Jeremy Siepmann, a music critic, provides some background to this piece of music.
String Quartet No.13 in B flat major, Op.130 – Cavatina: Adagio molto espressivo
Someone gave me a CD of Charles Avison’s music (1709 -1770) Whilst listening, the label “lightweight” came to mind. The music is pleasant enough, easy to listen to, and that reminded me of a contemporary of Avisons’ – Johann Stamitz – whos music I found to be similar in it’s easy listening quality. http://jimsclassicalmusic.com/2010/03/14/easy-listening/
So what is it that separates these two from the likes of Handel, Rameau, Telemann and of course JS Bach? Not enough notes?! Uninteresting interaction between themes/melodies? For want of a better word (remember I’m only a classical music dilettante, not a real critic) I would call their music shallow … or ‘thin’
Here’s Avison’s concerto in A major opus 4
To do your own listening comparison you can scroll through the composer drop down menu on the right and listen to some Handel et. al. Actually part of the reason I made this post was to get back at Avison for being critcal of Handel! How dare he!
Louise Ferrenc – who one critic proclaimed the greatest female composer. I’m listening to her more often these days and always come away with the feeling that she truly is a great composer. Here are 3 complete compositions.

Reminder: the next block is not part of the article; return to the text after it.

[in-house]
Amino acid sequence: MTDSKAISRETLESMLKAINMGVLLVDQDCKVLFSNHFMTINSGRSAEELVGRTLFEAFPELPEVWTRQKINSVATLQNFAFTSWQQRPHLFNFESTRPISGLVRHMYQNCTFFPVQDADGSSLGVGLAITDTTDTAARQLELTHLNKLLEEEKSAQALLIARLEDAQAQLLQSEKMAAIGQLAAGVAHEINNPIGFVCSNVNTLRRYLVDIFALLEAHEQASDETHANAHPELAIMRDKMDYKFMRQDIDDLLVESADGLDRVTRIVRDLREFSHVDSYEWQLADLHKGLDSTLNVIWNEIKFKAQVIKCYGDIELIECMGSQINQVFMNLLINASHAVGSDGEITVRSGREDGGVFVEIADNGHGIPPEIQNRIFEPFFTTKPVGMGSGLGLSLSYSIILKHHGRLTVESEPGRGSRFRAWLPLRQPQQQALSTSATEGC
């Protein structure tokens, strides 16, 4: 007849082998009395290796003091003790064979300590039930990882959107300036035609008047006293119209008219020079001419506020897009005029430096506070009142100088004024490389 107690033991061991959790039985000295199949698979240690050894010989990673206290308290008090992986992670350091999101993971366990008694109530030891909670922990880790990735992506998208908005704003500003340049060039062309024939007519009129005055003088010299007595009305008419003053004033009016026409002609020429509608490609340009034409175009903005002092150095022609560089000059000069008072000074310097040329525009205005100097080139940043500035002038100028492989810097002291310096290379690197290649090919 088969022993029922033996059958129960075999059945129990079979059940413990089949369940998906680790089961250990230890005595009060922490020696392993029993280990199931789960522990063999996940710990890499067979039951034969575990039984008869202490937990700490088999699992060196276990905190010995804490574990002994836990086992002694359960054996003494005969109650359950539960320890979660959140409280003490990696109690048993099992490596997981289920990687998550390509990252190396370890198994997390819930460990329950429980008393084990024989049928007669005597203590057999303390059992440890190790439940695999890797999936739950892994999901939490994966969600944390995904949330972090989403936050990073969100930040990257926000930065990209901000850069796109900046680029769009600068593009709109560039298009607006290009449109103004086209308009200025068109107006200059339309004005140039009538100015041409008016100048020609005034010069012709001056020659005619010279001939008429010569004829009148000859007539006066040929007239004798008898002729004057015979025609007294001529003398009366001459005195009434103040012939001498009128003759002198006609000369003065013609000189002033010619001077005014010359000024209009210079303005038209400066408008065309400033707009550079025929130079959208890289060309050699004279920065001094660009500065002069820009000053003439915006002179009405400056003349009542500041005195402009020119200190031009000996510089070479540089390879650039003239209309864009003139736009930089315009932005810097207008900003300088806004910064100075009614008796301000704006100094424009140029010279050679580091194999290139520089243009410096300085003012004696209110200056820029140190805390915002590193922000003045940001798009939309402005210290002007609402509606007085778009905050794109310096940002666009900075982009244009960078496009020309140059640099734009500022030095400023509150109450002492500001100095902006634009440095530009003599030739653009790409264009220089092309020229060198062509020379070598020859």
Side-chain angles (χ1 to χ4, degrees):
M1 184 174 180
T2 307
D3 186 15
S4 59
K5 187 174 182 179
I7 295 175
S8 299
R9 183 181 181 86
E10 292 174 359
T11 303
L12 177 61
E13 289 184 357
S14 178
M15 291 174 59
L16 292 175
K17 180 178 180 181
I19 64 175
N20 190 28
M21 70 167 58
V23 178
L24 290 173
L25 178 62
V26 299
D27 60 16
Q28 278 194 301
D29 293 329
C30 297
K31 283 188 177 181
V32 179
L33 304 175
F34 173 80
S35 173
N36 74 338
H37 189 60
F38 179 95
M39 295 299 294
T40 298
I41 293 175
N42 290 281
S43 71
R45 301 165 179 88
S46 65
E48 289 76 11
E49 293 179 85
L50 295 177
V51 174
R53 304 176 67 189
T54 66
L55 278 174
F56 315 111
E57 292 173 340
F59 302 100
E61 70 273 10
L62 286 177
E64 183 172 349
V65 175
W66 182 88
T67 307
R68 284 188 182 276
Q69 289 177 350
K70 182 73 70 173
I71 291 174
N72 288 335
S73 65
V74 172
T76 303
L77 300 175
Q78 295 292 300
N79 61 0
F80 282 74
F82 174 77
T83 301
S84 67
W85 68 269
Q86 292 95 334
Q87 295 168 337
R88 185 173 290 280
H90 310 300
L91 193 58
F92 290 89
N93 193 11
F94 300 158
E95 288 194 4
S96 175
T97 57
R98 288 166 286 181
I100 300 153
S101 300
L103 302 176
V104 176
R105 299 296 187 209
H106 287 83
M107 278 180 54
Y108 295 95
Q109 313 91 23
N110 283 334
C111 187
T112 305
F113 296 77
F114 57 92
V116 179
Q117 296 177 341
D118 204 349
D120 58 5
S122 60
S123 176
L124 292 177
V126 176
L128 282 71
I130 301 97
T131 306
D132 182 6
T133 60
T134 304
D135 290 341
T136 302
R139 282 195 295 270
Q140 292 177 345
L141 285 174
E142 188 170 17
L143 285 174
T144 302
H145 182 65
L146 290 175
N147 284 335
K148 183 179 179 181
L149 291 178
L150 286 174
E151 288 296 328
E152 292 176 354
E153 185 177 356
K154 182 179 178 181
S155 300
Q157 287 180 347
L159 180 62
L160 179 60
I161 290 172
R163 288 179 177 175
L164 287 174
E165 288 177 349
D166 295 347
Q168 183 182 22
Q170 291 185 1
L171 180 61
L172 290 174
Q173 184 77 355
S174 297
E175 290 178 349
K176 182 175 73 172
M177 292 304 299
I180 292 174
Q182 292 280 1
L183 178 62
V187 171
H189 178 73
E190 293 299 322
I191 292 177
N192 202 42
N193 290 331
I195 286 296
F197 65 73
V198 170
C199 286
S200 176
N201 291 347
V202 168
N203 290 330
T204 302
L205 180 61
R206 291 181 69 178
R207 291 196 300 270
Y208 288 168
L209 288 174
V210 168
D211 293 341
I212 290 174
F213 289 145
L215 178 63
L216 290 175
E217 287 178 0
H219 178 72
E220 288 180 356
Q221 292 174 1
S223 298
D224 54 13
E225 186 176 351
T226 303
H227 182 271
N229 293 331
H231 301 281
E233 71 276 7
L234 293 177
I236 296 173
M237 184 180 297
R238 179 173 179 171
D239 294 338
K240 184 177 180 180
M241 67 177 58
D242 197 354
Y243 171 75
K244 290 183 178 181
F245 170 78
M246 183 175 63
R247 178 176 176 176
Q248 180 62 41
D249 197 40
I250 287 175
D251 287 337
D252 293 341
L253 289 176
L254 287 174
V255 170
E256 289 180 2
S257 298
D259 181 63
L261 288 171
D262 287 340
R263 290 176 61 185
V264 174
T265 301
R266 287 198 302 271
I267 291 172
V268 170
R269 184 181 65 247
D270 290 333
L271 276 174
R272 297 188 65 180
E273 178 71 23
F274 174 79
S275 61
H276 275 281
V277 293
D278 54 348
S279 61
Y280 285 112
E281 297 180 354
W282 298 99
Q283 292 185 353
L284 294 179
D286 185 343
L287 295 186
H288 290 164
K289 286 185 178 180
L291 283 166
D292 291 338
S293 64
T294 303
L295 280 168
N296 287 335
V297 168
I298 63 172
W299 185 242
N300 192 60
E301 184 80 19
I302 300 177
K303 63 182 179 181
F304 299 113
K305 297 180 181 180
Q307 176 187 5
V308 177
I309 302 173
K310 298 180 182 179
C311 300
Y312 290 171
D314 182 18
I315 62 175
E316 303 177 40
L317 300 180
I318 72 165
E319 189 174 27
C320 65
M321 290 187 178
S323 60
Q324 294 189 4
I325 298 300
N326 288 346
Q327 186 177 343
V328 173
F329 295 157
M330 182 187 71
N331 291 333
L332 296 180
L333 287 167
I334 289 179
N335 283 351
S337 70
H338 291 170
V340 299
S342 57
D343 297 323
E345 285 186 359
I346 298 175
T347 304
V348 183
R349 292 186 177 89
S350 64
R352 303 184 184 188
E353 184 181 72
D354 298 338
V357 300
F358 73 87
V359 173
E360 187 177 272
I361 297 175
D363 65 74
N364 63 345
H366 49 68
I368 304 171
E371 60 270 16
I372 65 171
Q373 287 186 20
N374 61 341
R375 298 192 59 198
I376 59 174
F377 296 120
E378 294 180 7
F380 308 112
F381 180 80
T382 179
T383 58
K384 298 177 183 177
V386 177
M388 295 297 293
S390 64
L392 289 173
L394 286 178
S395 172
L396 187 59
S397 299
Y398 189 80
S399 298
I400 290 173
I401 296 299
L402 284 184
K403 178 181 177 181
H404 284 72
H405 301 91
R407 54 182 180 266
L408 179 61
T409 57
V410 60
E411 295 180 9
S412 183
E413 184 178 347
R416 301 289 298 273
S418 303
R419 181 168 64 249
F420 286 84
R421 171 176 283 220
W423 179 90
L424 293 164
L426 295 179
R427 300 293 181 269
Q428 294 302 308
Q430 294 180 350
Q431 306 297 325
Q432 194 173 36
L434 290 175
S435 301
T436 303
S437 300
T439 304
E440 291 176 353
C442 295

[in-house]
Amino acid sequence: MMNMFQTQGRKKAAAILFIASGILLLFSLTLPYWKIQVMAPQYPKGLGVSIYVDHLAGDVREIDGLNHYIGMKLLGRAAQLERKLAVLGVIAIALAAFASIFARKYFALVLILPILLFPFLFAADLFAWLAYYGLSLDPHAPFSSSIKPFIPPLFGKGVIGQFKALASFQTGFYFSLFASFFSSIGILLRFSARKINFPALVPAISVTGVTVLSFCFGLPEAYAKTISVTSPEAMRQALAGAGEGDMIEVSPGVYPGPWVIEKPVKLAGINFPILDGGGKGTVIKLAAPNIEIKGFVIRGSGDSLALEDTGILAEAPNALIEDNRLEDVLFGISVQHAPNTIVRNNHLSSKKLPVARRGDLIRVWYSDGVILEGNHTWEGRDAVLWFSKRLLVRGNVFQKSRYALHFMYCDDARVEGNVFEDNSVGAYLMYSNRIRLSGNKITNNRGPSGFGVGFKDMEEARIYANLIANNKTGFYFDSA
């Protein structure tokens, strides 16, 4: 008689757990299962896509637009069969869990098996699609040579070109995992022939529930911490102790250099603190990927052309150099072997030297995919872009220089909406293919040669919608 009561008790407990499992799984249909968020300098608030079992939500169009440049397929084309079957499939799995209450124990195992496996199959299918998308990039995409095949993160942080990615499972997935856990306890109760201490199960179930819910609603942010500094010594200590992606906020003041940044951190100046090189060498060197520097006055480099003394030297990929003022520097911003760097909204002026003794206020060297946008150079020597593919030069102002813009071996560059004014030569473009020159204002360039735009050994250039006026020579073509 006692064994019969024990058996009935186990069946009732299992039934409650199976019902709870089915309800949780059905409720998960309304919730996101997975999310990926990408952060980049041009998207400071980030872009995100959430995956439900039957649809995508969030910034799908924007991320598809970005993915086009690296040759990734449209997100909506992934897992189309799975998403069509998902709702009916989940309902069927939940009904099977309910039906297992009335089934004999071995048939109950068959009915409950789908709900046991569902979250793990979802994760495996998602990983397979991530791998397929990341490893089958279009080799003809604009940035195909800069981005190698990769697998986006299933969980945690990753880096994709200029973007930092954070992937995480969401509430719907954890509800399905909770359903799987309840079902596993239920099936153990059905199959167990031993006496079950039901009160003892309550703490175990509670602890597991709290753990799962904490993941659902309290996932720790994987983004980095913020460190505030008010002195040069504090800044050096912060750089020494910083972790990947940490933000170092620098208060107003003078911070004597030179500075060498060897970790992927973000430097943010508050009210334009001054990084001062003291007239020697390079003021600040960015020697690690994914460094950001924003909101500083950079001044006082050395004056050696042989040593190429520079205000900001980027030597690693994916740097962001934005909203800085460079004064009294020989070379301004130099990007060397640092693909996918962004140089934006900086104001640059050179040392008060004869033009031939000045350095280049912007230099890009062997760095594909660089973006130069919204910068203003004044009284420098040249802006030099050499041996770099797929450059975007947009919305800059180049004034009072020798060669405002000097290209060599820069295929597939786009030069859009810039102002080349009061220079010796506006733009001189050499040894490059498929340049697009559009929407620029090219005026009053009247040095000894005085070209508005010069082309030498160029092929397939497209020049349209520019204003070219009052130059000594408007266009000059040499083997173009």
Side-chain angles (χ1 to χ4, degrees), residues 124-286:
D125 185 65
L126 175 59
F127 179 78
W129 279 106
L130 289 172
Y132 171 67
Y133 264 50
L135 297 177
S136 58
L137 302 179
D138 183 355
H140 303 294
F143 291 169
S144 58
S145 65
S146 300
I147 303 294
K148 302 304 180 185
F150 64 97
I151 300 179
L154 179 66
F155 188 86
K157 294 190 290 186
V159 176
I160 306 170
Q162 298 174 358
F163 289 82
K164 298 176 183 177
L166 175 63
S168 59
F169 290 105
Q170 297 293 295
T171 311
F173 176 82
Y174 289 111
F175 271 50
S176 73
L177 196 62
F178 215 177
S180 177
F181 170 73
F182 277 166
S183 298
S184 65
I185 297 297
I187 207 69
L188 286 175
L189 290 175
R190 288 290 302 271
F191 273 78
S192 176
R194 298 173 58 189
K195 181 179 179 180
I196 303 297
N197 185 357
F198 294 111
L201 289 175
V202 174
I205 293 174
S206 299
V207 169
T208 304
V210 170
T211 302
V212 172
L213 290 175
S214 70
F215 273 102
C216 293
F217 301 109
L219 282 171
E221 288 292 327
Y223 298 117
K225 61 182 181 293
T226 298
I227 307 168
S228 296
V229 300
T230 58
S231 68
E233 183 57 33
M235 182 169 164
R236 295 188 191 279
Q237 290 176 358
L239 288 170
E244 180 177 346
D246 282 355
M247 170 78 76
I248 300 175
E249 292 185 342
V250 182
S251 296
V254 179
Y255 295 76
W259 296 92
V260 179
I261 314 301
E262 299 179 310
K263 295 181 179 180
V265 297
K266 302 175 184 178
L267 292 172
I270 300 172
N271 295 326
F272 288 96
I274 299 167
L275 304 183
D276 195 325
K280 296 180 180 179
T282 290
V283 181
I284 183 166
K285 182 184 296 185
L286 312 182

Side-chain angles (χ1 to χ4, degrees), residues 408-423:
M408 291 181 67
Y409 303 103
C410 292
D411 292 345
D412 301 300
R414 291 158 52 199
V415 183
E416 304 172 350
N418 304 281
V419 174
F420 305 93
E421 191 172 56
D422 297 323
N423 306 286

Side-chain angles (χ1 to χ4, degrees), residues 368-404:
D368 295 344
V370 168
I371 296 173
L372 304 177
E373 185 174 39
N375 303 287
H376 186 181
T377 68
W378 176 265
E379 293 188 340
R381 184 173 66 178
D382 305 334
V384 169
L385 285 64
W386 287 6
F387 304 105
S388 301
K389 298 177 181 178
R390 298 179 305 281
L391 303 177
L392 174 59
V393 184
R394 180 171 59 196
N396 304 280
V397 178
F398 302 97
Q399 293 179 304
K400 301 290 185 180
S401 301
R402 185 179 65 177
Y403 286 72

Farrenc Sonata #1 in 3 movements
Farrenc Sonata #2 in 4 movements
Farrenc: Variation concertantes sur une melodie suisse Op. 20 in 8 movements
About time that I posted some full compositions. You may have noticed that I tend to only present one movement from a Concerto or Symphony or Sonata; rather than all the movements. Invariably it’s the second movement – due to my preference for slow, melodic, thoughtful, melancholic!, peaceful etc. I suppose in a way it’s not really fair to the composer not to present his/her entire statement.
Recently a person in my town asked if I ever posted entire compositions. He didn’t ask the question in a judgmental fashion, just politely inquired. It has “niggled” at me ever since. So… Istvan … here’s a post for you!
(* I’ll place this posting in the Long Playing sections)
Francois Devienne (1759 – 1803) was known as “The French Mozart”
Francois Devienne – Bassoon sonata I in C major, Op. 24
Beethoven – Piano Sonata no. 23 Appassionata
Johann Nepomuk Hummel: One of the greatest of the ‘ignored and forgotten’ composers!
Hummel – Sextett Fur Blaser In F Major
Haydn – Symphony No. 104 In D Major (”London”)
Mozart – Piano Sonata No- 13
Clara Schumann, Robert’s wife – who decided late in life she just didn’t have what it takes to be a composer!
I love the way he kind of sneaks up on you in this prelude. Slowly lulls you whilst building to a crashing, smashing mid section, and then sneaks away again!On the whole a very ‘poetic’ piece. Played by the great Sviatoslav Richter.
Rachmaninoff Prelude no. 10 Op.32 in B minor. Lento
Who can do “Dreamy” better than Chopin? Maybe nobody. Let’s listen!
His Nocturne in B #17. Two versions. One by Garrick Ohlsson, until 1970 the only American to win the International Chopin Competition. And then a more recent winner of the Competition (2005) – Rafal Blechacz; who was proclaimed so superior to all the other entries that they couldn’t award a second prize! (check out Rafal – a fine young man without much of an Ego! A great “New” breed of pianist) http://en.wikipedia.org/wiki/Rafa%C5%82_Blechacz